Friday, January 29, 2010, 07:57 PM - General
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Picasso’s Self Portrait with Cloak, painted in 1901/02, is part of his blue period work. The background is drenched in a muted turquoise blue scrubbed into an olive green. His full, dark brownish black hair and stylishly trimmed beard frame the ghoulishly white face with the high, prominent cheek bones. His long, dark cloak wraps him in mystery. His facial expression is almost haughty, eyes staring forward.

Picasso paints himself as a vampire of the night, completely drained of blood, cold and heartless, with only his red lips revealing a taste for passion.

Sally Porter

Sally Porter Gallery ... ll/all/all

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Bosch's Garden of Earthly Delights - The Paradise Panel 
Tuesday, January 12, 2010, 08:53 AM - General
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The left panel of Bosch’s Garden of Earthly Delights, painted in 1503 - 1504, is titled Paradise or Eden. This one work is comprised of multiple masterpieces.

In the lower portion of the painting, you have an incarnation of God, fully clothed, standing in a lovely green meadow, flanked on either side by his very pale, grown children, Adam and Eve. In the forefront is a pond of amazing creatures emerging from a dark pond, including a triple headed bird, a fish with wings, and a duck wearing a monk’s hood reading his prayer book. Was Bosch having a visionary precognition of the theory of evolution?

In the middle area of the painting is a pale pink, very futuristic looking fountain arising from the middle of a second pond. A light gray giraffe and an elephant stand out as two of the larger animals in this mostly peaceful depiction of nature. Looking closer, we see a rather small lion devouring an antelope in the background, but there is no blood or carnage depicted here; the lion is merely having his supper.

The fountain area leads into another body of water to the left. What do we find drinking at the water’s edge amongst other horned friends? It’s none other than a white unicorn, sipping at the blue water and leisurely snapping her tail.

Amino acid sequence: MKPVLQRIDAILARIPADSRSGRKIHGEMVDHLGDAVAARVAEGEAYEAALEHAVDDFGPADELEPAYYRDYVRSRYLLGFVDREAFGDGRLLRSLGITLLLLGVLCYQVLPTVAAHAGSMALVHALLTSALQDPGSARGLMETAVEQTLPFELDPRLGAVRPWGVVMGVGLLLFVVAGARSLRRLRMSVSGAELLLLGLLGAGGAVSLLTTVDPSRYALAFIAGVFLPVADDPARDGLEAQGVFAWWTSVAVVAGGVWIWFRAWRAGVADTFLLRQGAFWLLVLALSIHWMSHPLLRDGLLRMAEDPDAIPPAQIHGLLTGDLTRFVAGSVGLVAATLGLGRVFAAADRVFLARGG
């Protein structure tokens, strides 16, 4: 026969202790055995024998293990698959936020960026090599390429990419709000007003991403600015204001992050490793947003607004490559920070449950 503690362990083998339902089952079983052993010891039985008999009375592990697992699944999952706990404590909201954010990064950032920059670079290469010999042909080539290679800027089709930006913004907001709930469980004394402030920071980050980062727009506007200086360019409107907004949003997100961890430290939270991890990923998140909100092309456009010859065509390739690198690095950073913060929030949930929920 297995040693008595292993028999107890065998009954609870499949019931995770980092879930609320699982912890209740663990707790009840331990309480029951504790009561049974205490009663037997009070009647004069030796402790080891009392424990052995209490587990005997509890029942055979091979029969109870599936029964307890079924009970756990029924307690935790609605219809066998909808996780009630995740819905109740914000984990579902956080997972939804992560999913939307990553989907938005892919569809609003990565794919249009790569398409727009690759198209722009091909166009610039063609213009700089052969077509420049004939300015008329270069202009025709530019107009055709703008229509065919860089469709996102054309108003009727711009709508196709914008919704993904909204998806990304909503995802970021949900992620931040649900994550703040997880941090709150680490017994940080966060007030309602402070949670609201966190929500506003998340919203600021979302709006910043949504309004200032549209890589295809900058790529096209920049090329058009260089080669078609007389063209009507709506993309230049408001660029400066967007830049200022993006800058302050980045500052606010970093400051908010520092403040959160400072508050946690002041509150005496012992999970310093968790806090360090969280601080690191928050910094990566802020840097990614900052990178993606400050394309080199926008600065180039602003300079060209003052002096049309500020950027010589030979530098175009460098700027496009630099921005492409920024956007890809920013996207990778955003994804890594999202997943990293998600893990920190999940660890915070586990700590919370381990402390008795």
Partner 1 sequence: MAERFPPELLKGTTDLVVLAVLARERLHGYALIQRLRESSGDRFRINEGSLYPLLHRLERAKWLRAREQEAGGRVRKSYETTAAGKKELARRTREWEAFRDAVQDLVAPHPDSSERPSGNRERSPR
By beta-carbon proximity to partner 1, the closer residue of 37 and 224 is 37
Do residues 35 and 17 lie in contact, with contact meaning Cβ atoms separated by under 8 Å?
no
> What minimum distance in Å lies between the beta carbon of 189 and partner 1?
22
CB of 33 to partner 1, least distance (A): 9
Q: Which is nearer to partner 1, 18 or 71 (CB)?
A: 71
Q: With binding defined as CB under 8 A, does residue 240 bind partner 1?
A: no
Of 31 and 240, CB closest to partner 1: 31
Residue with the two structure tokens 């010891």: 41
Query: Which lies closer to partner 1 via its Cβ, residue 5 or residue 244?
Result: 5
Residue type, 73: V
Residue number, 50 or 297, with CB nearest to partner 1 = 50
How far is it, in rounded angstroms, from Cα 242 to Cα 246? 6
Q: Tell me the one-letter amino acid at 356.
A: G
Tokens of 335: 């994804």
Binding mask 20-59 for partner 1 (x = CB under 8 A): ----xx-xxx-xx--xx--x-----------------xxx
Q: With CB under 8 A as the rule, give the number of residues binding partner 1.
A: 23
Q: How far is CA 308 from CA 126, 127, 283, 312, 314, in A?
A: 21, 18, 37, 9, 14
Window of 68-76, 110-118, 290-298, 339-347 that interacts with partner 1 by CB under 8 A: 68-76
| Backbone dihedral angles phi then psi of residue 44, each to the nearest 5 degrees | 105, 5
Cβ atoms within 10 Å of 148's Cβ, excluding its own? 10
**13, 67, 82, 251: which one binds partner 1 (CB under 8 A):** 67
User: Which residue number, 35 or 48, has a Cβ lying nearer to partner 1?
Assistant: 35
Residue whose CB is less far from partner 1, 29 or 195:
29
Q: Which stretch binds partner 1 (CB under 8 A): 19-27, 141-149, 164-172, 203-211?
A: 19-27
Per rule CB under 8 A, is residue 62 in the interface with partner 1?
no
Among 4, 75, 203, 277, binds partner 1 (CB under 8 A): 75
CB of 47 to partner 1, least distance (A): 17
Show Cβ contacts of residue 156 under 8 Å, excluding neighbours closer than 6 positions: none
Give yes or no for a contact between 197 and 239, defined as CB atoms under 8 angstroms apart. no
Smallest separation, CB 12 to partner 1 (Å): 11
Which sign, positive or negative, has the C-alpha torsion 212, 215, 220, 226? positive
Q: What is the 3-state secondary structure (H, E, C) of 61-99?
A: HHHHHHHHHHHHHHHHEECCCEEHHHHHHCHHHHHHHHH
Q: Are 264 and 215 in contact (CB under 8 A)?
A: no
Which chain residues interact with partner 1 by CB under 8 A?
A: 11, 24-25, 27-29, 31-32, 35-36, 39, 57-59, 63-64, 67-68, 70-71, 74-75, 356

In the uppermost, left passage, sits a yellow mountain in front of a small blue mountain range. From the cave of this yellow mountain, a flock of birds comes rushing out. They swirl up and through a sculpture on top of the cave, which in turn is topped by two tall, pointed towers of rock. Their silhouette brings to mind the Empire State building and the Manhattan skyline.

Bosch blended iconic cultural images with images from nature and his creative consciousness to give us a timeless painting full of fascination and leaves us admiring this visual representation of the self.

Sally Porter

Sally Porter Gallery ... ll/all/all
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Picasso’s Woman with a Flower, 1932 
Friday, January 8, 2010, 03:45 PM - General
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Picasso’s Woman with a Flower, 1932, brings a smile to my face. He portrays her body as large, boulder-like shapes, stacked one upon the other. The full, rich red, blue and orange-yellow of these colored rocks provide a cheerful balance to her purple face and blond yellow ponytail. Her face is a cartoon on the surface of a gray rock. The squared neck is as sturdy as Arnold’s with its bold vertical yellow and gray stripes. She is youthful with hard-headed resolve.

Picasso treats her arms like two purple elephant trunks, her left holding the green twisting stem of an utterly plain flower, whose beauty simply does not compare with the woman’s.

The simple, large shapes contribute to the enjoyment of the great colors in this work. Even the background, black on the left and dark brown on the right, completely enhances the figure and flower.

Mouth open, she appears to be talking. Is she commenting on her flower? Picasso is laughing and so am I.

Sally Porter
Sally Porter Gallery ... ll/all/all